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Title: Ecoregionalization classification of wetlands based on a cluster analysis of environmental data
Contributor(s): Lechner, Alex M (author); McCaffrey, Nic (author); McKenna, Phill (author); Venables, William N (author); Hunter, John T (author)
Publication Date: 2016
DOI: 10.1111/avsc.12248
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Abstract: Aim: Effective vegetation conservation requires reasonable certainty regarding the distribution, extent and classification of plant communities and ecoregions for assessing rarity. In this paper we describe a multivariate clustering approach based on environmental data for objectively defining temperate treeless palustrine wetland communities. Location: New SouthWales (NSW), Australia. Methods: In NSW no comprehensive state-wide map of wetland vegetation exists, with more than 200 vegetation maps produced by local and state governments at a range of spatial resolutions and extents. Using the available vegetation spatial data, we produced a composite map which identified 6323 wetlands >1 ha. We then used the partitioning around medoids cluster analysis method for grouping wetlands based on 12 climate, topography, geology and soils spatial data layers and the wetland locations. We tested a range of cluster numbers from three to 20, and assessed the stability of the clustering by calculating mean silhouette widths. The derived classes were then characterized in terms of number of individual wetlands and their area, and also the number and area of individual wetlands found within protected areas such as national parks. Results: We found a peak in the mean silhouette width at 11 clusters, indicating that this was the optimal number of clusters for classifying the wetland data. We produced maps of wetland density for each of the 11 clusters and described the mean and mode environmental characteristics of each cluster. Each cluster represented a unique combination of environmental variables. For example, wetlands in cluster 2 are typically in the south, in areas of low evaporation and low average temperatures. An assessment of rarity found that wetlands in the largest cluster class had an areal extent of 14 644 ha, compared to 1414 ha for the smallest cluster. All but one of the clusters had part of their range within protected areas. Conclusions: Clustering environmental variables is an important but underutilized method for characterizing vegetation communities/ecoregions such as wetlands spatially. This approach can be used to produce objective, repeatable and defensible wetland community maps for assessing rarity.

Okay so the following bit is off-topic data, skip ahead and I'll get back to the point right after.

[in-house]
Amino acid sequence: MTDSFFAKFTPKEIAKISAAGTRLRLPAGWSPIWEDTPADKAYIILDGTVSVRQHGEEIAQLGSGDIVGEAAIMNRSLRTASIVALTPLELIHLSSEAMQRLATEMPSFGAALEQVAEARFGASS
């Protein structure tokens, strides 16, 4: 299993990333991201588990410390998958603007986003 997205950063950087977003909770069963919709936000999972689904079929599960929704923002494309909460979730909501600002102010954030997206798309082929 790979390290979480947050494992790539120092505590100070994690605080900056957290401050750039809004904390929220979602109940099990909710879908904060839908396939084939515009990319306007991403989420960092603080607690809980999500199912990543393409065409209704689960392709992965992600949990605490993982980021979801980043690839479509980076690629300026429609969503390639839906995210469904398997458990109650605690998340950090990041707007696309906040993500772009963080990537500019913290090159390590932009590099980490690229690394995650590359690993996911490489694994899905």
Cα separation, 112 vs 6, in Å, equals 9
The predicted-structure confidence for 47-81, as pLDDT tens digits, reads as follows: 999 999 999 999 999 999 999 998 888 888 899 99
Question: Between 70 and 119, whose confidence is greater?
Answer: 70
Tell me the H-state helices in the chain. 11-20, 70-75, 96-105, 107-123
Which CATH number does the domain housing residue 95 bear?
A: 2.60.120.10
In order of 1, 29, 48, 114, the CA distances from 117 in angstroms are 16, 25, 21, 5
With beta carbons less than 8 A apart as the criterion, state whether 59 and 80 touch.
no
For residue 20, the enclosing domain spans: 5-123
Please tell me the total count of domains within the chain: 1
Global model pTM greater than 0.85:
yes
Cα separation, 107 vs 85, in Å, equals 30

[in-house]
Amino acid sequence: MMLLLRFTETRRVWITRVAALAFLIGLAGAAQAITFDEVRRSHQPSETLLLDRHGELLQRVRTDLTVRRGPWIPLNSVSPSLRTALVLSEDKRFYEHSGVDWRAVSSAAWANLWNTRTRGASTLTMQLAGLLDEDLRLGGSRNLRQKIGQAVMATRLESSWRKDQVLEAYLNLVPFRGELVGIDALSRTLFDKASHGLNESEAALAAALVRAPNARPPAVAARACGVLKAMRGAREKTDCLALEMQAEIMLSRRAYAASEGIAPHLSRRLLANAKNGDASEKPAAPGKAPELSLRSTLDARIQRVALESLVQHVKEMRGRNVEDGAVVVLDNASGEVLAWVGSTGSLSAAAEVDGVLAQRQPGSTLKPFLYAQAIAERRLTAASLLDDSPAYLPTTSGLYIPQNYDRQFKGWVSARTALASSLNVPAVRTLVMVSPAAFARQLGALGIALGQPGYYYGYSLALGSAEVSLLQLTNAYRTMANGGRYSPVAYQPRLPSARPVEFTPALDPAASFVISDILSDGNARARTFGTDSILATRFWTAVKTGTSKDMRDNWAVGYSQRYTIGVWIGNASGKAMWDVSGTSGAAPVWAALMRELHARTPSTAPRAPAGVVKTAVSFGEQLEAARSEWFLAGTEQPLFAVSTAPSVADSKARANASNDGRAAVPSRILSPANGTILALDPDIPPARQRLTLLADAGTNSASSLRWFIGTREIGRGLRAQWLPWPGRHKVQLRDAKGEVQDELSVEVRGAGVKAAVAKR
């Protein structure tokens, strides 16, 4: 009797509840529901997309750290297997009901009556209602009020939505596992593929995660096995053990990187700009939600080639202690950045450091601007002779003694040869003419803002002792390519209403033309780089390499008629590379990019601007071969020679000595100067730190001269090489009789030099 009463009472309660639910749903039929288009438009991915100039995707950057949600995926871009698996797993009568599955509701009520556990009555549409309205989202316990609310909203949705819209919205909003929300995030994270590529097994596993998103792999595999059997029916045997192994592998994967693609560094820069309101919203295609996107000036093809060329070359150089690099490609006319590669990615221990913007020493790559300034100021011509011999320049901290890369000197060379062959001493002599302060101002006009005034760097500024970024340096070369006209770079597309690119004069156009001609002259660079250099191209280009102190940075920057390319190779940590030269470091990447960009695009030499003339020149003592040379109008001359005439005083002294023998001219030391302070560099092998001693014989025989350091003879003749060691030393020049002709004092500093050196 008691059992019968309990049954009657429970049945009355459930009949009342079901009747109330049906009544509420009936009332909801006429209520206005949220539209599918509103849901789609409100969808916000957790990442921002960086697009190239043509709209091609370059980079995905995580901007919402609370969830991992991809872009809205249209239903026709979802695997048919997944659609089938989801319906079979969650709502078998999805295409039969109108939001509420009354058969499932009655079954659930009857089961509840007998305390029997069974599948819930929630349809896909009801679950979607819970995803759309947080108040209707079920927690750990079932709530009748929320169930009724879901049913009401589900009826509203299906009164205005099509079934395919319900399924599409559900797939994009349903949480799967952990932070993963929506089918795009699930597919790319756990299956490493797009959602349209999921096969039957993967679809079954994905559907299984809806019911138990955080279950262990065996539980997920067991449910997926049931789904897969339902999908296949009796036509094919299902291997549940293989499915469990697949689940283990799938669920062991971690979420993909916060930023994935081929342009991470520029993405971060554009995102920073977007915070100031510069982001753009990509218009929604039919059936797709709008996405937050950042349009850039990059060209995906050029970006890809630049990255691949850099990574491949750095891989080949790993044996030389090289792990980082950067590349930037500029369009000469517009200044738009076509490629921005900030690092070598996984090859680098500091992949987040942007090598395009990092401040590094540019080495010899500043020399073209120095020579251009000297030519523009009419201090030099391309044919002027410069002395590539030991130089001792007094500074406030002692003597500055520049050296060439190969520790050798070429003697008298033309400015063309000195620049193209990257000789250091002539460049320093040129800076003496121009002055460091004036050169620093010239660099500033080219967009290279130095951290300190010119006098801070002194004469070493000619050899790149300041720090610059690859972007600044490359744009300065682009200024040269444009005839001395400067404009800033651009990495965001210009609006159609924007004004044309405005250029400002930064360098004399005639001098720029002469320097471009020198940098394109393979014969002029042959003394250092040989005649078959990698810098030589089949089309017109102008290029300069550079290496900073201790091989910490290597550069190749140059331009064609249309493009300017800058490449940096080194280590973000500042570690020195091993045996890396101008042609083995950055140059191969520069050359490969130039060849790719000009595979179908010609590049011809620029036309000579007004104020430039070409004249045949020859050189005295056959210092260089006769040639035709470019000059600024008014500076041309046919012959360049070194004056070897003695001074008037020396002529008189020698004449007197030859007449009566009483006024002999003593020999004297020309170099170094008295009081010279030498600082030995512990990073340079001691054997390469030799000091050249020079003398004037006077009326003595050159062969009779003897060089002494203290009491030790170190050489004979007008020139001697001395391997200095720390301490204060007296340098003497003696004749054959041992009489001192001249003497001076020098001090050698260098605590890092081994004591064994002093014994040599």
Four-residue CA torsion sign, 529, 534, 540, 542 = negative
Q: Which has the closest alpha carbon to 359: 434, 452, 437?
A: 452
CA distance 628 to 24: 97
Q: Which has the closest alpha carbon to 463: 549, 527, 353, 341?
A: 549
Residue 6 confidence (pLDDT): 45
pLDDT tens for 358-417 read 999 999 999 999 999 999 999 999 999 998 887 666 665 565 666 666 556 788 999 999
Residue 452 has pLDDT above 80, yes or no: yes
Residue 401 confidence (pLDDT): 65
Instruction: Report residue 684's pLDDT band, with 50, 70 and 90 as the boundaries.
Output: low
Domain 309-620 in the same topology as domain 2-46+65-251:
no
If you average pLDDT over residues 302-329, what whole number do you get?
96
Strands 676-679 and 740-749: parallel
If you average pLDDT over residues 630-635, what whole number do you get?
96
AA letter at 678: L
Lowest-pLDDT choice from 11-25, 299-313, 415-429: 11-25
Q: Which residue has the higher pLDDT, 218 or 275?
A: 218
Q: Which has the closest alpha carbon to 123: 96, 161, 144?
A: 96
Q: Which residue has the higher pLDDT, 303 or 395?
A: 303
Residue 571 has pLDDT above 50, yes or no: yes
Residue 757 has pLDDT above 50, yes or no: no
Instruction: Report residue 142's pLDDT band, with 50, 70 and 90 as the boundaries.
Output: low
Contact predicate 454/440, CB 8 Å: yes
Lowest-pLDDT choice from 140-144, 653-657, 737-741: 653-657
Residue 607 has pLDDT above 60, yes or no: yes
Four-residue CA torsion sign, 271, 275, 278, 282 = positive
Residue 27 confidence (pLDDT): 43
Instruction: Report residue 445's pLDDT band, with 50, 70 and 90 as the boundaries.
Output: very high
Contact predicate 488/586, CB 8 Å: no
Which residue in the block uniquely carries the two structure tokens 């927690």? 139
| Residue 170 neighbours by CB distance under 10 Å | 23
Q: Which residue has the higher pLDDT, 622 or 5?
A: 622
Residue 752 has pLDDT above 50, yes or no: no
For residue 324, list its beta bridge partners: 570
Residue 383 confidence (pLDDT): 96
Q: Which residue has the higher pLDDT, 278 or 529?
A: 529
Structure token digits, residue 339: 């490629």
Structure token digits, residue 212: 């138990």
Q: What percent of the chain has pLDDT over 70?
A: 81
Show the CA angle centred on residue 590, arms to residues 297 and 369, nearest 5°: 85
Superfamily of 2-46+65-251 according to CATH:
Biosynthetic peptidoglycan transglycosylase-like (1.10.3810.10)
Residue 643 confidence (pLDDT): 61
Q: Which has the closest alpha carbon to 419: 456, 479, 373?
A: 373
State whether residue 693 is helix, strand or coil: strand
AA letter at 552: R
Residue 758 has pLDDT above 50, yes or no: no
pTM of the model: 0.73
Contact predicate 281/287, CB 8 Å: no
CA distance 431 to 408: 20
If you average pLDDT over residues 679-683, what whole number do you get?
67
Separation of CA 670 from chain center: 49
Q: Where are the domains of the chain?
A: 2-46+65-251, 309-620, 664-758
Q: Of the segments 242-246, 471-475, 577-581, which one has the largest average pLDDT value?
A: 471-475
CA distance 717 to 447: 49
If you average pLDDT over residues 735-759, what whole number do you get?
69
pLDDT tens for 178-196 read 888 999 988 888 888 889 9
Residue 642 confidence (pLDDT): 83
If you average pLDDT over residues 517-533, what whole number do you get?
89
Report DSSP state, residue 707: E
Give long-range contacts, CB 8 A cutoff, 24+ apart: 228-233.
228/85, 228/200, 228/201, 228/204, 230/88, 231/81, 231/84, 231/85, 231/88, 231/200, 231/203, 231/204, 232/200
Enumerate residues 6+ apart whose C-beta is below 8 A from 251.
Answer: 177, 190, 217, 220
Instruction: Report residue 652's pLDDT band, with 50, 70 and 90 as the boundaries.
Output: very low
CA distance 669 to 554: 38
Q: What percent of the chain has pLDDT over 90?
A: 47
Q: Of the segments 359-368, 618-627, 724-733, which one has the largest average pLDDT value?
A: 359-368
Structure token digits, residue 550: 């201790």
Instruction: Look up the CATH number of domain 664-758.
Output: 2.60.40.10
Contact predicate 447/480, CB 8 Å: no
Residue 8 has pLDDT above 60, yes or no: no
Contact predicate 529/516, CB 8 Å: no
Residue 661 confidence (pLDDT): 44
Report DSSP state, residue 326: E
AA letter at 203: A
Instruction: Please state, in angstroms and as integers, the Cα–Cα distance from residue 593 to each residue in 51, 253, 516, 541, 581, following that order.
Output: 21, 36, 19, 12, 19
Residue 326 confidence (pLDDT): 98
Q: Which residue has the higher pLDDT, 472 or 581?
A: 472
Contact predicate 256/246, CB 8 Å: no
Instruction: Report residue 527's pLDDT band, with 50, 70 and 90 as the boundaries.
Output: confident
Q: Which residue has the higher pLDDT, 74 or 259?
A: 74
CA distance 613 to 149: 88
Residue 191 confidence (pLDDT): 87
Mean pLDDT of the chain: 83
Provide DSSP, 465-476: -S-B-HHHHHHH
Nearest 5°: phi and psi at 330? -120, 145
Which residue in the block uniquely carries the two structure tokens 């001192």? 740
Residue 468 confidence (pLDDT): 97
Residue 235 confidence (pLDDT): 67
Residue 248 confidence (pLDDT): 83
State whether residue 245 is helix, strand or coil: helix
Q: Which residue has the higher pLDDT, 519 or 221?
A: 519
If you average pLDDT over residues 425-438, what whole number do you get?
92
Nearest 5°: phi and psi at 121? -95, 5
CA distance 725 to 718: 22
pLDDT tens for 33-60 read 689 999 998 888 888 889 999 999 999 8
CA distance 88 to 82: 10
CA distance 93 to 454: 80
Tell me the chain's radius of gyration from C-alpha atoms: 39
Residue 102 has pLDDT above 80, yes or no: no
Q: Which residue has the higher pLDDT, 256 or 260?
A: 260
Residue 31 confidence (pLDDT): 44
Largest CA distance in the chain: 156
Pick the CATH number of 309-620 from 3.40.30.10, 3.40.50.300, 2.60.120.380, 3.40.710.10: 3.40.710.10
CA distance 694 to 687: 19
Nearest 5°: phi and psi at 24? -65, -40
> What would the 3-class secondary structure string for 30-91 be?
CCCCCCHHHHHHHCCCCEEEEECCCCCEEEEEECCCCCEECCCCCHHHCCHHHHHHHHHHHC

Publication Type: Journal Article
Source of Publication: Applied Vegetation Science, 19(4), p. 724-735
Publisher: Wiley-Blackwell Publishing Inc
Place of Publication: Hoboken, United States of America
ISSN: 1654-109X
Field of Research (FOR): 060204 Freshwater Ecology
050202 Conservation and Biodiversity
050104 Landscape Ecology
Peer Reviewed: Yes
HERDC Category Description: C1 Refereed Article in a Scholarly Journal
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